For firms that do not own or operate the offices at which sales activities occur this proposal will lead to a substantial reallocation of resources at a time the financial and personnel resources of NASD Members are suffering. If the firm is faced with sending its compliance employees to audit hundreds of additional locations on a regular basis, the frequency and the quality of the audits will may decline. As a matter of financial necessity, the audit cycle will be forced to extend inspections for a multi-year duration between inspections.

However, even stretching out the audit cycle to three years represents a significant added expense for our Compliance Department, not just in terms of money, but time, as well. Our firm is awaiting guidance from the Treasury Department on customer identify verification. In addition, the firm continues to work on the implementation of the Commission's revised requirements for the maintenance of books & records. Even with increased funding for supervision, there is a limit to the amount of change that may be implemented to our systems at any one time. Because the office examination process is a core component of our supervisory structure, changes in this area will impact the timeline for completing changes in customer identification and books & records. It is my expectation that overall funding of the Department will remain constant, meaning that the increased expenditure for examinations of Branch and satellite offices will result in lower expenditures for other components of our supervisory system.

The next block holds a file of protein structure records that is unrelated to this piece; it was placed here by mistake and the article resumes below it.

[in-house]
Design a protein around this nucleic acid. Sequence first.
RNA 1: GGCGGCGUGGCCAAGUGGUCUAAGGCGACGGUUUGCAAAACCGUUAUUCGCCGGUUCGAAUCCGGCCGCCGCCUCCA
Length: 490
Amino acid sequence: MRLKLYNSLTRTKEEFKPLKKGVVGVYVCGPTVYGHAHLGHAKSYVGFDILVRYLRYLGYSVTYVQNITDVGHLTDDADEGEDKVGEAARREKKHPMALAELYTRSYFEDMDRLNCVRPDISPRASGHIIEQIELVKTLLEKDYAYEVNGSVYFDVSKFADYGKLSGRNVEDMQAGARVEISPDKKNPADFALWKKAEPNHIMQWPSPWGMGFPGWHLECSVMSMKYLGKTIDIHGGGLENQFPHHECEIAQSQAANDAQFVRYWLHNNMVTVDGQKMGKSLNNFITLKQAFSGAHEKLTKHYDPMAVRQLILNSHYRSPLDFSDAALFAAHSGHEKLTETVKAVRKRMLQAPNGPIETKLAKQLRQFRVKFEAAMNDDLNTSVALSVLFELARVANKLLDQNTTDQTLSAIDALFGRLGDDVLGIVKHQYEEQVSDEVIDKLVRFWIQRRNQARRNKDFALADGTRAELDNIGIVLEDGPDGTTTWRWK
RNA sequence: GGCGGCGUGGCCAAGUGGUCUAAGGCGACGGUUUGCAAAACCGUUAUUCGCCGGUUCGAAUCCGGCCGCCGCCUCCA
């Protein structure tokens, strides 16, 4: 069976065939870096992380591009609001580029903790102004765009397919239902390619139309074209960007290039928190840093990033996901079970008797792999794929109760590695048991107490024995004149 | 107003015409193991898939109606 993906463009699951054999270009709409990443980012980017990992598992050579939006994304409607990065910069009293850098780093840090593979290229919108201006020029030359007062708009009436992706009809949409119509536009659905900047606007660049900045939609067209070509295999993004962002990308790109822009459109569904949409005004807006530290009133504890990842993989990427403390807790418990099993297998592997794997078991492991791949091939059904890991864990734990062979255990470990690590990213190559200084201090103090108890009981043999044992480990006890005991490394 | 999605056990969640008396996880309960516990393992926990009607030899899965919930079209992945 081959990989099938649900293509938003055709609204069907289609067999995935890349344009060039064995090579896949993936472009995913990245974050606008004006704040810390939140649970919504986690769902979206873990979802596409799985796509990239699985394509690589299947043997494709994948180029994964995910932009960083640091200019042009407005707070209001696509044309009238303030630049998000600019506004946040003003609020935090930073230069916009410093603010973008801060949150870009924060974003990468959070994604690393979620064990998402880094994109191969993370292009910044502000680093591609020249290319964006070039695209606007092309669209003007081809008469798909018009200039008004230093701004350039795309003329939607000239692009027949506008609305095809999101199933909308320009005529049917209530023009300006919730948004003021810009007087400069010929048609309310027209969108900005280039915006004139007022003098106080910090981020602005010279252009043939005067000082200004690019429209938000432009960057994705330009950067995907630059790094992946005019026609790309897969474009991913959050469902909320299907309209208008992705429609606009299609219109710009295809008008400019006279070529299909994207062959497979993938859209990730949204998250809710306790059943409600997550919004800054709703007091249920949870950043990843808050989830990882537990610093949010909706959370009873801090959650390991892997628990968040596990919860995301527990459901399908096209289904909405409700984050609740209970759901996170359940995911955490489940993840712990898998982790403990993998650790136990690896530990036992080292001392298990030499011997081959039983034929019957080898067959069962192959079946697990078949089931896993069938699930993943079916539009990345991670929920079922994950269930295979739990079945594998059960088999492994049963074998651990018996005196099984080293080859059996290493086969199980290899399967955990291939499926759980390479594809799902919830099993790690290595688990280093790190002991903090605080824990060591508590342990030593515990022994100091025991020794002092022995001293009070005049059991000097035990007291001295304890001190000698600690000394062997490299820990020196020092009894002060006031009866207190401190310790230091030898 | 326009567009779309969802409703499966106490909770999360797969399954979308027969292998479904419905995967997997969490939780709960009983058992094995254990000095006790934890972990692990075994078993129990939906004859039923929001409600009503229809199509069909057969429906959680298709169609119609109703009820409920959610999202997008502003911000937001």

Therefore, we strongly suggest that by barring the firm from making appropriate use of its OSJ Managers, the proposal will result in decreased supervision of our representatives and a waste of the resources allocated to supervisory and compliance functions.

The proposed requirement regarding supervisory controls is flawed.

At our firm, similar to many of our peers, the Chief Compliance Officer ("CCO") is responsible for the design, implementation and oversight of the firm's system of supervisory controls. Restricting the CCO from performing and/or overseeing such a review would compromise the quality and thoroughness of each review. An alternative would be to assign someone from Marketing or Operations to perform the review. We believe that such an alternative would likely result in a supervisory review that is less sensitive to securities compliance issues.

Finally, given the relatively small number of serious cases, as compared to the universe of firms and Representatives, it appears that the majority of firms clearly strive to conduct business in a manner that is compliant with industry rules and regulations. And if the public loses faith with the investment community, then we all lose.

We are confident that the current regulatory environment already provides the necessary tools and resources for firms to properly oversee their Representatives. And, for the reasons cited above, we strongly believe that the proposed changes will actually have a negative impact on the effectiveness of our overall supervision as well as place an efficient financial burden on the NASD"S members.

Again, we thank the Commission for the opportunity to comment on these important issues.


World Trade Financial Corporation

Rod P. Michel